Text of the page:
They make the ‘For Sale’ signs that adorn commercial real estate

From our print edition

By Brett Johnson
Whippany | Oct 31, 2017 at 1:12 pm

Office space available. Land for sale. Space for lease.

Behind each and every commercial real estate deal is one of these bold-font phrases printed on prominent signage. And if that sign is in North Jersey, Morris Sign Co. probably is behind it.

Michael Hoehn said that all but a quarter of the commercial real estate signage that dots the North Jersey landscape was put in by Morris Sign Co.

Hoehn is an owner of the fourth-generation family business, which has had a longtime focus on commercial real estate.

The company has established such deep roots in this industry that work involving the sector is approximately 80 percent of its business.

Morris Sign Co., Hoehn said, has connections to all the national commercial real estate firms with a presence nearby, as well as a history of working with smaller local businesses.

These firms have never let up in their demand for signs, allowing Morris Sign Co. to thrive — even expand to neighboring states — at the same time that the internet opened new avenues to marketing to customers.

“When people are looking for space, they actually drive around or just look around in areas they want to be in; signs are a visible marketing tool for that,” Hoehn said. “There’s an importance in visibility.”

The company’s roots date back to the ’30s, which means it made the transition from exclusively hand-painted signs to primarily computer-generated graphics. It also survived succession of ownership across multiple generations and business mergers.

Hoehn, who now runs the business with his brother, Chris Hoehn, is proud of its having weathered such change.

Despite being so industry focused, Hoehn said the company wasn’t significantly hurt by the long-lasting effect of the housing market crash a decade ago.

“People always need signs,” Hoehn said. “If the market is slow, firms are most anxious and competitive, so they want signs to bring visibility (to a real estate project) quickly.

“If the market is doing well, they want to get signs going quickly, too, to buy or sell fast-moving properties.”

Hoehn added that his company has discovered the potential to pivot from commercial real estate clients in a way that brings in even more business.

“The good thing is that we can also branch into other markets from the real estate industry,” he said. “Projects come to us when someone sells a building and the buyer wants a sign; they call us first for it. We’re doing a lot more of that today.”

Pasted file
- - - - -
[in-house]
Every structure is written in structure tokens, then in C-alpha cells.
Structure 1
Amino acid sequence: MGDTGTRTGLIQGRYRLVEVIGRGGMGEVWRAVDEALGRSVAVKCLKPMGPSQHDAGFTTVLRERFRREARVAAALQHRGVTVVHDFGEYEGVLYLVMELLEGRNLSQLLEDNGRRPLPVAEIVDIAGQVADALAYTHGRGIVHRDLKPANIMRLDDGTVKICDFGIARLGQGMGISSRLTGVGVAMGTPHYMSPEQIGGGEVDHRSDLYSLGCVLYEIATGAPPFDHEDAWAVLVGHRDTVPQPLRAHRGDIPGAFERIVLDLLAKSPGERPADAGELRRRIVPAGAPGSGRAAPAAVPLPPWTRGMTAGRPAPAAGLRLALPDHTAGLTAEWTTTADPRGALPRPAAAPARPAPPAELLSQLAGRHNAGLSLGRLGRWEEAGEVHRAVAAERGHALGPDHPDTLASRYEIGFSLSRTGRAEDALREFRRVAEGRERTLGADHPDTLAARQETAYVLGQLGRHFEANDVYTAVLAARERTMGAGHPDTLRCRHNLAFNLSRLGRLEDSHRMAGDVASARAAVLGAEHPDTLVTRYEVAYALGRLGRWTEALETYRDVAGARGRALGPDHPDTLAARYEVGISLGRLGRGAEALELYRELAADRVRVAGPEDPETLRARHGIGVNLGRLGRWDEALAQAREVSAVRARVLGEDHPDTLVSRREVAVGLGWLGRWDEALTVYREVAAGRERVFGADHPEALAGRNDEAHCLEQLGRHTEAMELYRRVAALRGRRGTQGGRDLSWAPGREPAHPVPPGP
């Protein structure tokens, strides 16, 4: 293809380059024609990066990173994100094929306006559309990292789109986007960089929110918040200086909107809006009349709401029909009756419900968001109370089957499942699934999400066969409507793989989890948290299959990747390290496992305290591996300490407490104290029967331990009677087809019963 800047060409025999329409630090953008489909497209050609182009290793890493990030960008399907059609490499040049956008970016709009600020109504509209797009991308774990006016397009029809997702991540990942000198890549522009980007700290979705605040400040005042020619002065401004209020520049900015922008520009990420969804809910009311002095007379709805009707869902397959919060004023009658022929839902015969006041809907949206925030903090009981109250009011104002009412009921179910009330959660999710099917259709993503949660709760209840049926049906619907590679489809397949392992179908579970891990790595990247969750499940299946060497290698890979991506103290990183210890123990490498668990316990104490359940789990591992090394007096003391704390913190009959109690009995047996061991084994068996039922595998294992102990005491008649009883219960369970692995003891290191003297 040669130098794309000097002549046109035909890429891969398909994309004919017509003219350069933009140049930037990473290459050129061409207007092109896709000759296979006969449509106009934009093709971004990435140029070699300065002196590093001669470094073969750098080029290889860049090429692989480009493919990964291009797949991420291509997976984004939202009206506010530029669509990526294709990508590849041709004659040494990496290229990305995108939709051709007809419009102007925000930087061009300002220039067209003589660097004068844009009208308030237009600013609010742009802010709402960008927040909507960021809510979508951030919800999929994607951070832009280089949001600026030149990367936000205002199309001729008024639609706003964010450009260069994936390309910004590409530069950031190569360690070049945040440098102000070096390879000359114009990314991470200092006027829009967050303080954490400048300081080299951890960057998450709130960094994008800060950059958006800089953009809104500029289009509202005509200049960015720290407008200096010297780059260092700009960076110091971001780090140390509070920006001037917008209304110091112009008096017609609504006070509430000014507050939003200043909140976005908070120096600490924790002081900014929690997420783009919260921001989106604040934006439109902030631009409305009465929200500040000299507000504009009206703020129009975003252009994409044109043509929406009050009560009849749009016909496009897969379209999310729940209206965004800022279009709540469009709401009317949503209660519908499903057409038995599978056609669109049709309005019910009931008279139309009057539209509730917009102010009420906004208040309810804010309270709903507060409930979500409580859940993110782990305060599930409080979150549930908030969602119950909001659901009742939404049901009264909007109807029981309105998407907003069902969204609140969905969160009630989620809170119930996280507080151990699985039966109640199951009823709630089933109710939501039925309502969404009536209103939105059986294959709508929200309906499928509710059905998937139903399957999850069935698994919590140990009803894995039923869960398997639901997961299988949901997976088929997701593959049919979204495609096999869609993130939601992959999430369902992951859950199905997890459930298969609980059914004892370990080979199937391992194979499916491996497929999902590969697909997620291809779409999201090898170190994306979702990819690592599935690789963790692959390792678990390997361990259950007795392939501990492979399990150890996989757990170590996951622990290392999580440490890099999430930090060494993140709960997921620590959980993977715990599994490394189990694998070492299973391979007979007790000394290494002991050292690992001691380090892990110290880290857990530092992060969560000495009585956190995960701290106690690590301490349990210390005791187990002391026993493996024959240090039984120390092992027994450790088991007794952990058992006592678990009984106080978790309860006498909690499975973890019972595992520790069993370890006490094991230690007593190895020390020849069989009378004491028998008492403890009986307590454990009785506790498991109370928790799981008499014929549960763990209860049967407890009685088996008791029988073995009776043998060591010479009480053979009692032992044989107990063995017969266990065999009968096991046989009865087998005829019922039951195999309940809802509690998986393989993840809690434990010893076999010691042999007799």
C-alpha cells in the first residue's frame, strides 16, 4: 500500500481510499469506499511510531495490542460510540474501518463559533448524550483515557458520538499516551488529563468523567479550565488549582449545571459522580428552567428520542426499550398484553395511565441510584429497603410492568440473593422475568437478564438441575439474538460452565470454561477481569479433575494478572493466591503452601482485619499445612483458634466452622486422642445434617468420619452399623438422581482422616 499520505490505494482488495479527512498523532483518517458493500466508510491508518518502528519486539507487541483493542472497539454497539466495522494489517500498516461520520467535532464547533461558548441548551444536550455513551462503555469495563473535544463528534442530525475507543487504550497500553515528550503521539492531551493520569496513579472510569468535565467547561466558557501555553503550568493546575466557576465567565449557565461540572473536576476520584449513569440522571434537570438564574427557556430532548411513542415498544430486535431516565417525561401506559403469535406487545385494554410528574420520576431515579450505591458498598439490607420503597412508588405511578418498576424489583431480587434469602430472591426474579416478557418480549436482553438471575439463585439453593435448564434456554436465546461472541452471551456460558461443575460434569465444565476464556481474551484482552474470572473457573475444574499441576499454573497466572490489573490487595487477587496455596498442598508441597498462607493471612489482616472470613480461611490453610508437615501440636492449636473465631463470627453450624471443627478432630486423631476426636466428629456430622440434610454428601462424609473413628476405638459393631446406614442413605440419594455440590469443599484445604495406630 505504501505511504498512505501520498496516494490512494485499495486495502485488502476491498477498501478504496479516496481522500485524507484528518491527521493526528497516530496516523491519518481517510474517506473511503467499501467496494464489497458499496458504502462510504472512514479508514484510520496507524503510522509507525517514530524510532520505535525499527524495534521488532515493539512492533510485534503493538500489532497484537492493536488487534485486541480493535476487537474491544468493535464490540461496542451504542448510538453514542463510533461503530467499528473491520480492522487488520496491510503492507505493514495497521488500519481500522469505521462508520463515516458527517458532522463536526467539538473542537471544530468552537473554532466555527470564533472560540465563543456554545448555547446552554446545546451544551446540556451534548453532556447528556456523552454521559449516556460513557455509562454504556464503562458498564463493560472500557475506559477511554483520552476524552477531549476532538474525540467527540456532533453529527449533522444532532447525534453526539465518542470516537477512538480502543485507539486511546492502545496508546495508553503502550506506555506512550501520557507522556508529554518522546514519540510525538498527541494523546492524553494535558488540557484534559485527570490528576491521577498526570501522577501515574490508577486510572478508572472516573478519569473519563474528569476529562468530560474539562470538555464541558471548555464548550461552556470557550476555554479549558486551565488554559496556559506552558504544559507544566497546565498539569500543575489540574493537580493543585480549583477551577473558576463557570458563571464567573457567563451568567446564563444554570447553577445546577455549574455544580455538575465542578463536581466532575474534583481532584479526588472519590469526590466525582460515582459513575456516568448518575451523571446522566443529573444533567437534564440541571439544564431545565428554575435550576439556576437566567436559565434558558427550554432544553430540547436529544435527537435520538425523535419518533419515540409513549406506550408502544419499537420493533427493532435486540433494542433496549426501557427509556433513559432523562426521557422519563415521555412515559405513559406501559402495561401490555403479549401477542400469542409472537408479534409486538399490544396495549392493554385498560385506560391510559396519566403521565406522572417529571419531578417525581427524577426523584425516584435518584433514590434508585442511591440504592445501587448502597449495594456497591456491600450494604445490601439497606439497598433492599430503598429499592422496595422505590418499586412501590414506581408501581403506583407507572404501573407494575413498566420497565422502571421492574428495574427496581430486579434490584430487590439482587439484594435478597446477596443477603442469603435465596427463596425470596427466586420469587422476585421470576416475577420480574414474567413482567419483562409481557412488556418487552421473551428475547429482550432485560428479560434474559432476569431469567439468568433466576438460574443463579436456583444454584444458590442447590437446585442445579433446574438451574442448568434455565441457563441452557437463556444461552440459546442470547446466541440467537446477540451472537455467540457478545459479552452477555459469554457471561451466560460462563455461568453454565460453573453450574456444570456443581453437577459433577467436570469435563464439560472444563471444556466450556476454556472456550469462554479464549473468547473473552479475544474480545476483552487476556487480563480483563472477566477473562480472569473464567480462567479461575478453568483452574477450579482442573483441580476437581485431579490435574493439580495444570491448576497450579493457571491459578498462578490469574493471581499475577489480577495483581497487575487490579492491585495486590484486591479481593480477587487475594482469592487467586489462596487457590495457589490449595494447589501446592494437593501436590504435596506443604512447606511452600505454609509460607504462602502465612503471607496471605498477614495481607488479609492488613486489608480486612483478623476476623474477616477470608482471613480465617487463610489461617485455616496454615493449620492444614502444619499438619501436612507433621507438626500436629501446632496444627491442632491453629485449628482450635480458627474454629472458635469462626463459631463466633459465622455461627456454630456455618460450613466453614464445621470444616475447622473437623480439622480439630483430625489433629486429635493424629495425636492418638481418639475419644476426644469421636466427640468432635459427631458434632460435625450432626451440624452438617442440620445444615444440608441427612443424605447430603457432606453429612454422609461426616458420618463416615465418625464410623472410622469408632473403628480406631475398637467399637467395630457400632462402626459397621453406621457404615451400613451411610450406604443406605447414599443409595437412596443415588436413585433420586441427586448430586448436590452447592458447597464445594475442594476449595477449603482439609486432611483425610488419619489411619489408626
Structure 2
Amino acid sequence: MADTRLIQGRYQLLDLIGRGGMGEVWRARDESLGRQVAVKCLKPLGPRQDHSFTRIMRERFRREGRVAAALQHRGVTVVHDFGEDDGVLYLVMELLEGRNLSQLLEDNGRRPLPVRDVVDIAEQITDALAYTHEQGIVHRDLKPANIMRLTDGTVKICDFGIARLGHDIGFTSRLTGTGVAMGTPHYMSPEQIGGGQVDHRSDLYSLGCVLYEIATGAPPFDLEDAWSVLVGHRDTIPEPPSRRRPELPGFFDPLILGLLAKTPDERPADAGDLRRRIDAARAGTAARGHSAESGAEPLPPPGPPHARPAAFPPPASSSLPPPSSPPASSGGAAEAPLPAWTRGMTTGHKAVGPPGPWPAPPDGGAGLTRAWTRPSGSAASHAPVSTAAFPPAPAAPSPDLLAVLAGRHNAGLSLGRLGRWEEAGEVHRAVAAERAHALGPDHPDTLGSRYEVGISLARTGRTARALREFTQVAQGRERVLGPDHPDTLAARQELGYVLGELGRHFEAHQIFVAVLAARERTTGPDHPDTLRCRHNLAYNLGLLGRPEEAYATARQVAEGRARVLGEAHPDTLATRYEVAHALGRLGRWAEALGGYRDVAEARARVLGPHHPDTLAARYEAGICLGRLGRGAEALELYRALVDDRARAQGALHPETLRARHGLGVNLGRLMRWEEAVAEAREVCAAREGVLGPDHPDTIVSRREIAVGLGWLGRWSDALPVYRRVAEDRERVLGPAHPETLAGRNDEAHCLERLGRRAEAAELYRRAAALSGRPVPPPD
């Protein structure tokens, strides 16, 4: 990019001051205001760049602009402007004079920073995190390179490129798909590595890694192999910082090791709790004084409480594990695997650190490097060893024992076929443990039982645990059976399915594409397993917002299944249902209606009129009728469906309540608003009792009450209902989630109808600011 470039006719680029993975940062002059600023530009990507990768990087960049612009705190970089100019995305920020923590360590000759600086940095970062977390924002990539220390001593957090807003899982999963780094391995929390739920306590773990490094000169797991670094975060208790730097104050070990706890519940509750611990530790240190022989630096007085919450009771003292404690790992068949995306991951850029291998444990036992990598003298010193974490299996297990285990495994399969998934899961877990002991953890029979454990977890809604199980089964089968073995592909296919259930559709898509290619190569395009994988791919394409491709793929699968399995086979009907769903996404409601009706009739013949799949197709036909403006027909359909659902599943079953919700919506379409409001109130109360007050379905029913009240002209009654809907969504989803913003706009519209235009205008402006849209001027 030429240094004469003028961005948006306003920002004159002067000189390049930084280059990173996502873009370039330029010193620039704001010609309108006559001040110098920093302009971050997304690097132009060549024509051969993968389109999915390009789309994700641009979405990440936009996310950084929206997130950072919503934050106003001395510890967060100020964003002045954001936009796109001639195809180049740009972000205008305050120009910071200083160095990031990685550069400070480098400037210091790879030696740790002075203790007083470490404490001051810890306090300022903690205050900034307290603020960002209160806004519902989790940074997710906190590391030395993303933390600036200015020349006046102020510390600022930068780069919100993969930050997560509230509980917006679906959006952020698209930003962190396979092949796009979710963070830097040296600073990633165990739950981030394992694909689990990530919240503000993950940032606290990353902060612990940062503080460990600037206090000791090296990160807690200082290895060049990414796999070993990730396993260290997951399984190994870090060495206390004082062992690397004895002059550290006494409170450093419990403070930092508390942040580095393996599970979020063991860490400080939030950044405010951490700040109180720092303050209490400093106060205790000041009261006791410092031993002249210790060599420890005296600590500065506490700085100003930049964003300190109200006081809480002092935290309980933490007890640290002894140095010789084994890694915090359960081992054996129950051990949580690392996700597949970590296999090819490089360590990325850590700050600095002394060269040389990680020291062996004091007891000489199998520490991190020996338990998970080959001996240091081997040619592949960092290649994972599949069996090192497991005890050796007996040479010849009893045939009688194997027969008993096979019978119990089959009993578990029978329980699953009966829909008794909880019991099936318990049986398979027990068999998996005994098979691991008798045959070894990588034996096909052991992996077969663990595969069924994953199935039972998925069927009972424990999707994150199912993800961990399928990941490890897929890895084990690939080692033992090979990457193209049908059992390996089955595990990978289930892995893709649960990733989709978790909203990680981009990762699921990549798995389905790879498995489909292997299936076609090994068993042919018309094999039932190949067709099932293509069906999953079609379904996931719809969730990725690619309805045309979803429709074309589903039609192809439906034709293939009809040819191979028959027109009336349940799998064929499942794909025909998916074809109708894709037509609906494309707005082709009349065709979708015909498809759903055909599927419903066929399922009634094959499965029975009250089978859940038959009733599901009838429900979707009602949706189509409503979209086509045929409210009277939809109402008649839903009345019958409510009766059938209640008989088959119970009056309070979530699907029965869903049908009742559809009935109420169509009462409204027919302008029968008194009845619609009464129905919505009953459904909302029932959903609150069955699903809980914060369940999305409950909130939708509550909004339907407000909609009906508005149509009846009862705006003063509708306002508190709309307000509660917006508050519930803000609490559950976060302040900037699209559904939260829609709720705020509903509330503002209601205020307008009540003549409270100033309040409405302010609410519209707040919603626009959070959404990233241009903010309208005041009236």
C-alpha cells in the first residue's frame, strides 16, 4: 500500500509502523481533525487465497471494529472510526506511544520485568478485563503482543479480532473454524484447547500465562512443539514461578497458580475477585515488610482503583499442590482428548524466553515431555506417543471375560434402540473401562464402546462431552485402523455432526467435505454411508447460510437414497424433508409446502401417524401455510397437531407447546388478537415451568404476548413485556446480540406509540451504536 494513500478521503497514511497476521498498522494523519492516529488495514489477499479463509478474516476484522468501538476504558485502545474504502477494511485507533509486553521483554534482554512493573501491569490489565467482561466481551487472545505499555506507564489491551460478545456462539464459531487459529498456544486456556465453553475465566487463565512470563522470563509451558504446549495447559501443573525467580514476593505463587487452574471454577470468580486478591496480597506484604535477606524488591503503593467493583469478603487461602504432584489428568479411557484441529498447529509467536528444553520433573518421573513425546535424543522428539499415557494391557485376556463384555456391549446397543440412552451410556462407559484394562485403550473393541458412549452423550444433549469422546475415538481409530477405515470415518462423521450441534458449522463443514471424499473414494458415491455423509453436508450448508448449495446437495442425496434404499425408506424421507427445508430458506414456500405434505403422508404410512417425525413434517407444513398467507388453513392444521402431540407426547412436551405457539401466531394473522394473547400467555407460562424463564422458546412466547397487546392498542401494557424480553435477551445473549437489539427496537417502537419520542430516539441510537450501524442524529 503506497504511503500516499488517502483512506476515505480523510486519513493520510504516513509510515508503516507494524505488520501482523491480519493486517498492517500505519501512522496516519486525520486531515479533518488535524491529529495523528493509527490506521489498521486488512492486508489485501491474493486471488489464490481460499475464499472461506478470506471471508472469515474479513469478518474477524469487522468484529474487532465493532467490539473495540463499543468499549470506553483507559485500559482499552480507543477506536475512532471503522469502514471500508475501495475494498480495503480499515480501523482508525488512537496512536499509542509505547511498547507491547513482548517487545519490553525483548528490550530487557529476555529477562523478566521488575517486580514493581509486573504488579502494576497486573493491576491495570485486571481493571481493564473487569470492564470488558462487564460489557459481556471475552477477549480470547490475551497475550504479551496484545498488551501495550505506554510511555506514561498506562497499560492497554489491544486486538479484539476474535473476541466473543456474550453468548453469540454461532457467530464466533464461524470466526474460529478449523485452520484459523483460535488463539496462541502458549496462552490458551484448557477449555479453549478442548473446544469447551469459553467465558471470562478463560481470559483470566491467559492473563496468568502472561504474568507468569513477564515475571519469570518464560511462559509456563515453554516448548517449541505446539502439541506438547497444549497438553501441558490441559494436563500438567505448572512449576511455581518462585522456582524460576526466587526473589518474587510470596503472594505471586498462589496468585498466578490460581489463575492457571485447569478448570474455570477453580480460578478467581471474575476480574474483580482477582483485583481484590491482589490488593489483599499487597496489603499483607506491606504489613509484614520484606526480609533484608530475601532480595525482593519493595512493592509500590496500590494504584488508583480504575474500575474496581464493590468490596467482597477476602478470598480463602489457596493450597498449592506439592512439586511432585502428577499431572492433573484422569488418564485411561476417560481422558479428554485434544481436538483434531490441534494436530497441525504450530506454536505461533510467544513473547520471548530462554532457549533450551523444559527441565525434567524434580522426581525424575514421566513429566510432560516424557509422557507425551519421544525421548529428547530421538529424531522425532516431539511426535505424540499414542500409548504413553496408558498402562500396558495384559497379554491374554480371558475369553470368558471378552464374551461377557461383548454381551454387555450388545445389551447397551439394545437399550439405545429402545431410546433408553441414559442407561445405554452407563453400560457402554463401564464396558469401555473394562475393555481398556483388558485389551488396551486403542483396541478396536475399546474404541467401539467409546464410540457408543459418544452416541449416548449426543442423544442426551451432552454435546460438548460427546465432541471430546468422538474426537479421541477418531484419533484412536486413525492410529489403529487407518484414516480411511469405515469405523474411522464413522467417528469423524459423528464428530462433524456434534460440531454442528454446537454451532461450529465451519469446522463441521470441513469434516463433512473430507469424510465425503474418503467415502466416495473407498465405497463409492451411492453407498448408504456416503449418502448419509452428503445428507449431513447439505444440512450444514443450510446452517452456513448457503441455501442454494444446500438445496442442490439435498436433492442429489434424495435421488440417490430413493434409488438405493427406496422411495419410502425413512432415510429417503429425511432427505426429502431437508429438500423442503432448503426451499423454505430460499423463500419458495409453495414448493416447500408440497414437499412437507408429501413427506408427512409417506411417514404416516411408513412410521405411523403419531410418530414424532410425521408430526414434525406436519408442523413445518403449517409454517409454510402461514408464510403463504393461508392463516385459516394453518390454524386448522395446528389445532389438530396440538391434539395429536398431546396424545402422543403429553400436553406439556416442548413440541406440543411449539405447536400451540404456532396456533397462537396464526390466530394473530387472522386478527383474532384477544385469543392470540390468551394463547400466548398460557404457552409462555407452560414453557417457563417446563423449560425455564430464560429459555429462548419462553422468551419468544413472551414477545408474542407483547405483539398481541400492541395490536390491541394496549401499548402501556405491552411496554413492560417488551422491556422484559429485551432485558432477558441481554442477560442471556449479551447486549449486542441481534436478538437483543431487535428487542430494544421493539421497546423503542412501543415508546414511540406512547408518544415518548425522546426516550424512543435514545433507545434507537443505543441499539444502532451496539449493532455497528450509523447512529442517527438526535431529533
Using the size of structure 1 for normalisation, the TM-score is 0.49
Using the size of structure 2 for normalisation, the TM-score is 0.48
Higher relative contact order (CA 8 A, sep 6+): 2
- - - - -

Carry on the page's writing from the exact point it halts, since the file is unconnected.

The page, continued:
Even with the Whippany-based company being the go-to sign makers in the northern New Jersey region, Hoehn said there is ample competition among sign shops.

But, he feels as though his company has the edge when it comes to commercial real estate signage, which sometimes requires permits to install or may be in an area with buried gas lines or other equipment that makes sign installation tricky.

By having enough experience and know-how, Morris Sign Co. has acquired a lot of commercial real estate firms as customers. And, with each customer in this sector it adds, the more competitive it gets.

“It allows us to offer services at a lower price than others by having our guys go out to install up to 15 signs in a day, whereas other companies may only have one client that they have to travel to install just one or two signs,” he said. “And, ultimately, we can also do things quickly, and that’s needed in the also highly competitive commercial real estate business.”

Name: Michael and Chris Hoehn
Company: Morris Sign Co.
Position: Owners
Sector: Real Estate

Price points

Ever wonder how much that “for sale” sign itself sells for?

“Most companies buy in bulk a batch of 50 signs with the message blank until they put it up,” Michael Hoehn of Morris Sign Co. said. “When they’re ready, we put the message they want and install it. If they do that, they’re probably paying around $300 for a two-sided sign. Otherwise, they’re probably paying around $500.”

But given that these products can vary greatly — from banners running 300 feet long to building signs posted four stories high — Hoehn said it’s hard to come up with pricing outside of specifics.

“There are a lot of variables that affect the price, in terms of the design, sizing, location, wording and everything else,” he said.